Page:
As I got more and more involved with the planning of the trip, it became more important to me as a personal growth experience and a spiritual experience. When we got on the Camino, I was really hit by the spiritual aspect of it, especially seeing all these people walking it and doing it for many different reasons. It ended up being an intensely inspirational experience. I truly cannot explain the residual effect that it has had on me. However, I also know that it would not have meant as much if Janie and our friends were not there. I learned a lot about my wife during this trip, including the fact that she is one tough lady. I think another favorite part of this was attending the Pilgrims Mass at the completion of the Camino. It was amazing. There is a scene in the movie where they show this, and there is a giant incense burner that requires 6 to 8 men to lift, and it swings back and forth over the crowd at the conclusion of the mass. Seeing it in person, after seeing it so many times in the movie, was surreal.
I would say the camaraderie that is developed along the Camino was my favorite part. The combined recognition of all the peregrinos (pilgrims) that they are all doing the same thing, regardless of the reason behind their individual effort. All of you going through the same journey, climbing the same inclines, traversing the same descents, sharing your stories along the way. When you run into people from your country and other countries and talk about why you are doing this, it just brought out a feeling I had not experienced much of in 53 years. Of course, getting a “Go Gators!” on the Camino was pretty cool – as I was wearing Gator gear the entire trip. But you would be amazed at how many countries were represented during our brief time on the Camino. While there were many stories that we heard along the Way, one that I wanted to share was of these three men in their 60’s from Holland. We met them on the second to last day of cycling. We had stopped for lunch, and they stopped at the same location on the side of the road. One of them sat next to us at the Pilgrims Mass two days later. We were talking at that time, and I had asked him what got them inspired to do the Camino. He said a good friend of theirs had walked it years ago. That friend died of a long illness in December and asked his friends to complete the Camino in his memory. It was very touching. I asked where they had started the Camino. This is because in order to get your Compostela (certificate) you need to walk at least 100 kilometers or bike 200 kilometers. He responded that they were from Holland. I told him I remembered that from the other day. When he saw I misunderstood him, he responded that they rode the entire way from Holland, some 2,000 miles at 100 kilometers per day for 34 days. This was one of the many amazing stories that we heard on our trip.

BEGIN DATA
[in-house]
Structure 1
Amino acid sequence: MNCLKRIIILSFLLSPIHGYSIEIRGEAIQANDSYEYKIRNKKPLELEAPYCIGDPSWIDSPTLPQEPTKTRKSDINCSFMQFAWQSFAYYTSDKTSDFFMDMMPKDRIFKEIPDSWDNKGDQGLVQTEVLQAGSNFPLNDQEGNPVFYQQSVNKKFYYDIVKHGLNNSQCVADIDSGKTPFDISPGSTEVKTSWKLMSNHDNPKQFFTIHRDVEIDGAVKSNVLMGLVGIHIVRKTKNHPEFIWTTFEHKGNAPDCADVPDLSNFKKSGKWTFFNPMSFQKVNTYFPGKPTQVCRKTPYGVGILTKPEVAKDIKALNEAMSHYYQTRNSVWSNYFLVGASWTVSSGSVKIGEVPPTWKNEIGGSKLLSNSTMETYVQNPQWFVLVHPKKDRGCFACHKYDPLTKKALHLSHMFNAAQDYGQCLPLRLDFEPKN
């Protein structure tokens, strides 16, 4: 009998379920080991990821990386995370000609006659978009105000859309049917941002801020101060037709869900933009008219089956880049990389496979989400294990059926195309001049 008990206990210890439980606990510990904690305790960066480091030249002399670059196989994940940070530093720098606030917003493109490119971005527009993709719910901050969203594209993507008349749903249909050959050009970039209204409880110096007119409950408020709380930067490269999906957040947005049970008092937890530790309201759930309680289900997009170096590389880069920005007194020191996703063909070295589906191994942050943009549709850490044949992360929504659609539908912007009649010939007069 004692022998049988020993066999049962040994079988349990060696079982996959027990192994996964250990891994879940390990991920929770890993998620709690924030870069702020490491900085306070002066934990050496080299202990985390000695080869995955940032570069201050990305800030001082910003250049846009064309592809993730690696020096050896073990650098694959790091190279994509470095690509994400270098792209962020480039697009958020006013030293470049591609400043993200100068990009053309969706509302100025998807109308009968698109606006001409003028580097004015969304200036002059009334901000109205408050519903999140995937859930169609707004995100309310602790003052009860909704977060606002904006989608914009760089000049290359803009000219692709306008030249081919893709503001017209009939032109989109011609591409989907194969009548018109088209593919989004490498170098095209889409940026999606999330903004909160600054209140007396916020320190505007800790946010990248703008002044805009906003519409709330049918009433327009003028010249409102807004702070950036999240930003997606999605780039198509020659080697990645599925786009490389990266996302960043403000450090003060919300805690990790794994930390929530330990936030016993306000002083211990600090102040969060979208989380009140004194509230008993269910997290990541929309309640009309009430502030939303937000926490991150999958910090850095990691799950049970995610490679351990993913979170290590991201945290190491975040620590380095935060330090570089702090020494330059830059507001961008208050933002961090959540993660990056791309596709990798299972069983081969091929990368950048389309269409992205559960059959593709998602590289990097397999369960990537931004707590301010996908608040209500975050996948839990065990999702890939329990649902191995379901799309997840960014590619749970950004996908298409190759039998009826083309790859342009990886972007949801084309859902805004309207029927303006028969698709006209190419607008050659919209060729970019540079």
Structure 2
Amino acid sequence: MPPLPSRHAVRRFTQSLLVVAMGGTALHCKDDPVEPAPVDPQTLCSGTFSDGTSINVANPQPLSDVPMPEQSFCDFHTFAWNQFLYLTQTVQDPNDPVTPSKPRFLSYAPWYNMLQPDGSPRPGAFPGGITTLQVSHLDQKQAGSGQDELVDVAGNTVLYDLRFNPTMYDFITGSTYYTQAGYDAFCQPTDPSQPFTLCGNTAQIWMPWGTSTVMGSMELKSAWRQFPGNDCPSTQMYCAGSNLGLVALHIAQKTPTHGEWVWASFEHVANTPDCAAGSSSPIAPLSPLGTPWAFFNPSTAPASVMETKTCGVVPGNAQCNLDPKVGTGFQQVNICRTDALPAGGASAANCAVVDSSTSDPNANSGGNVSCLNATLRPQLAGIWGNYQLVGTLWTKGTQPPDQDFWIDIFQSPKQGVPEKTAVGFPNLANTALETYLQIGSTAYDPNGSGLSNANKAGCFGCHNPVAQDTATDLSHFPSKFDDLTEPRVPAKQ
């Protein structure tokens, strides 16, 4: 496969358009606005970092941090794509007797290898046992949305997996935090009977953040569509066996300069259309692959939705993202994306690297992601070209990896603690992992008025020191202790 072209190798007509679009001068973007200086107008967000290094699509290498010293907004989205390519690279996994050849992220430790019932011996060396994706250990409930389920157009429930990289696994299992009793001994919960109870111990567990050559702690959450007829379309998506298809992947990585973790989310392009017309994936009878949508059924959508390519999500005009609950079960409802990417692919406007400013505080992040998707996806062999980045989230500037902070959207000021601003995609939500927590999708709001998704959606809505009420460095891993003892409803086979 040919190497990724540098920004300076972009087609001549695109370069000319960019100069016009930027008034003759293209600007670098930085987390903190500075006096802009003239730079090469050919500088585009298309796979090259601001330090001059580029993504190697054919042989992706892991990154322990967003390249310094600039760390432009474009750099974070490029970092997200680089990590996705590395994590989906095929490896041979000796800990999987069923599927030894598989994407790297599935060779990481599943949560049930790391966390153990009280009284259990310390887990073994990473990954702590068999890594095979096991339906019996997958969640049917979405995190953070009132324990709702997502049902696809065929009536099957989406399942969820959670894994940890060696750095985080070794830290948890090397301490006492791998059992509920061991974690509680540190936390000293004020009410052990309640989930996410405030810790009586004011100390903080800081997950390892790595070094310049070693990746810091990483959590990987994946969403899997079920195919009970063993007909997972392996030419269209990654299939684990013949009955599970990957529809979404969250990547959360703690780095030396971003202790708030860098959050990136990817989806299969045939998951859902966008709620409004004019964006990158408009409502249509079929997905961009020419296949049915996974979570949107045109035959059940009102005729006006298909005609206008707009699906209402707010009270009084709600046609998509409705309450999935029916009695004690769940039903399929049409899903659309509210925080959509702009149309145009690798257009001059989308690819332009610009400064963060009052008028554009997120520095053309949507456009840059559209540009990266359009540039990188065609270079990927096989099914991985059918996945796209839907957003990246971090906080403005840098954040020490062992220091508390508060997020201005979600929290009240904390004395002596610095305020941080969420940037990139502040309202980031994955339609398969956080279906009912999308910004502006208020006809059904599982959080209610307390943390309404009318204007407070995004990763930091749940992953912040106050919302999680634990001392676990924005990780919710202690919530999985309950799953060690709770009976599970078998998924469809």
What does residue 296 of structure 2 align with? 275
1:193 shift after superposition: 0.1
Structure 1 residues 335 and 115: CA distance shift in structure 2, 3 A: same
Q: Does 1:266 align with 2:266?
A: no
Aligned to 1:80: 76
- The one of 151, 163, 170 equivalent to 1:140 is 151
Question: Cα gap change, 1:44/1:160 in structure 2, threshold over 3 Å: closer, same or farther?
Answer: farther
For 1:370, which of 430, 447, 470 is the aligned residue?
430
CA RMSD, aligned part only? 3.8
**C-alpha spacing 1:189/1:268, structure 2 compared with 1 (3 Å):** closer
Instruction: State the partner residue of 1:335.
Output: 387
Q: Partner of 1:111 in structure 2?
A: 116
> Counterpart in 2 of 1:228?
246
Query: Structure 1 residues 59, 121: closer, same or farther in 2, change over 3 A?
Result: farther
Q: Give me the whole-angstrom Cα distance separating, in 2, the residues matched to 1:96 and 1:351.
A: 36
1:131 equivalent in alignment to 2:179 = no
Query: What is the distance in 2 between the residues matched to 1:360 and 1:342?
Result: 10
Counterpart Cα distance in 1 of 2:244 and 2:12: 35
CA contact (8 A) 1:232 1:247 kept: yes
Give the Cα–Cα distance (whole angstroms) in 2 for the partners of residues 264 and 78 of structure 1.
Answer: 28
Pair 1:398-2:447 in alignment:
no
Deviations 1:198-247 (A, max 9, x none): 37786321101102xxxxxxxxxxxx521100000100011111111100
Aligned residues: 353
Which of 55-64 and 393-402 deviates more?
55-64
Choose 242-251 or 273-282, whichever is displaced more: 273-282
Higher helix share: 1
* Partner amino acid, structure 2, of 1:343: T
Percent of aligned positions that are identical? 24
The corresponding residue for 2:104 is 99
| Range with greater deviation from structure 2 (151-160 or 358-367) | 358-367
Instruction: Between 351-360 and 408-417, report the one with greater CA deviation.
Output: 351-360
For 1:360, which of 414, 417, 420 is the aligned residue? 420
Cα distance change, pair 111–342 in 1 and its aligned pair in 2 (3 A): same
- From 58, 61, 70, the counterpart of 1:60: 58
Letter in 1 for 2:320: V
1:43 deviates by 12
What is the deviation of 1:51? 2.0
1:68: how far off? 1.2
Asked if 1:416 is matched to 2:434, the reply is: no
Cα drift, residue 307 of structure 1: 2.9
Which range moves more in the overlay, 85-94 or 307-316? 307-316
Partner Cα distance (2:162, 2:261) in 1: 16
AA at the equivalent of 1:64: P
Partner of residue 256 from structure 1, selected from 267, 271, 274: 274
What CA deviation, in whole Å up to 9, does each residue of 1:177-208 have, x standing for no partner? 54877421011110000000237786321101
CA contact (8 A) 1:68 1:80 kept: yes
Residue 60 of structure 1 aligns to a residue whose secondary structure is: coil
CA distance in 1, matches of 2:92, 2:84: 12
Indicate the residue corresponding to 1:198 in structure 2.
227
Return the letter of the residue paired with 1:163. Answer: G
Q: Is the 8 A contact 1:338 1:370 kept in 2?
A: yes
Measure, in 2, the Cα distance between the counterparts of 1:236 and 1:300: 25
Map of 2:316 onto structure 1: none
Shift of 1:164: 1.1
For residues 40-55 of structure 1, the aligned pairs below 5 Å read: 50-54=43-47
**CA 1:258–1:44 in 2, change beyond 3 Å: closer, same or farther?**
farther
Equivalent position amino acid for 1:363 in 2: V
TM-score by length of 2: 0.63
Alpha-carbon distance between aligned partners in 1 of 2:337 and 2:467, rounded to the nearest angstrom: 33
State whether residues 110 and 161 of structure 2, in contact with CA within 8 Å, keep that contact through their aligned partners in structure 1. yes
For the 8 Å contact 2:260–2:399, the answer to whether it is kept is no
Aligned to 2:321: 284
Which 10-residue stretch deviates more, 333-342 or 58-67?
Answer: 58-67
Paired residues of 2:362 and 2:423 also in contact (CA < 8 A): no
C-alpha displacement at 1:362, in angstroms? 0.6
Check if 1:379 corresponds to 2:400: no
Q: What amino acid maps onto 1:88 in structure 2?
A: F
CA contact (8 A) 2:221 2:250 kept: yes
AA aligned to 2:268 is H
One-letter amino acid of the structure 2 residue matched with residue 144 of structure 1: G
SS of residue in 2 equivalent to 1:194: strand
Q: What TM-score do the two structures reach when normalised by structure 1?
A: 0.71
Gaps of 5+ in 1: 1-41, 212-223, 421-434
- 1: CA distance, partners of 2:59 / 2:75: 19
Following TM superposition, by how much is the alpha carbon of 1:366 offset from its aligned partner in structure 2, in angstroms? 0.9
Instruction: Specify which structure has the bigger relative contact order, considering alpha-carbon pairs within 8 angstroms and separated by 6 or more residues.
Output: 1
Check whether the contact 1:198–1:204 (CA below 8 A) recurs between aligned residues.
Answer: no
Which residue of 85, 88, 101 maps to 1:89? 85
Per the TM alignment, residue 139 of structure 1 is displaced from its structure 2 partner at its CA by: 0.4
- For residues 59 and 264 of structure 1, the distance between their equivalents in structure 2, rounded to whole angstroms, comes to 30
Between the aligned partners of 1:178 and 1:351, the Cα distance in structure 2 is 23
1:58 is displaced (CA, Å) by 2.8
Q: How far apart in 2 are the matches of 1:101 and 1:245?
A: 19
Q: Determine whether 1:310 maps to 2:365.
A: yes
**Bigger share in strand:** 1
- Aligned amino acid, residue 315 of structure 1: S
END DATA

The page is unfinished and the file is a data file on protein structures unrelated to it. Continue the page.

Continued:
Spain was incredible. It was one of the cleanest countries I have ever been to. The people were amazing and very helpful when we needed it. The experience, as a whole, was one of the best things I have ever done in my life. I will be returning in 7 years to walk the Camino. Why 7 years? St. James is the patron saint of Spain. St. James Day is on August 25 each year and is a large festival time, especially in Santiago de Compostela. When St. James Day falls on a Sunday, it is a Holy year. The next Holy year is in 2021– in 7 years. This will also coincide with my 60th birthday. I plan to walk the Camino at that time. I cannot even fathom the camaraderie that you experience walking this pilgrimage as opposed to riding it. Buen Camino.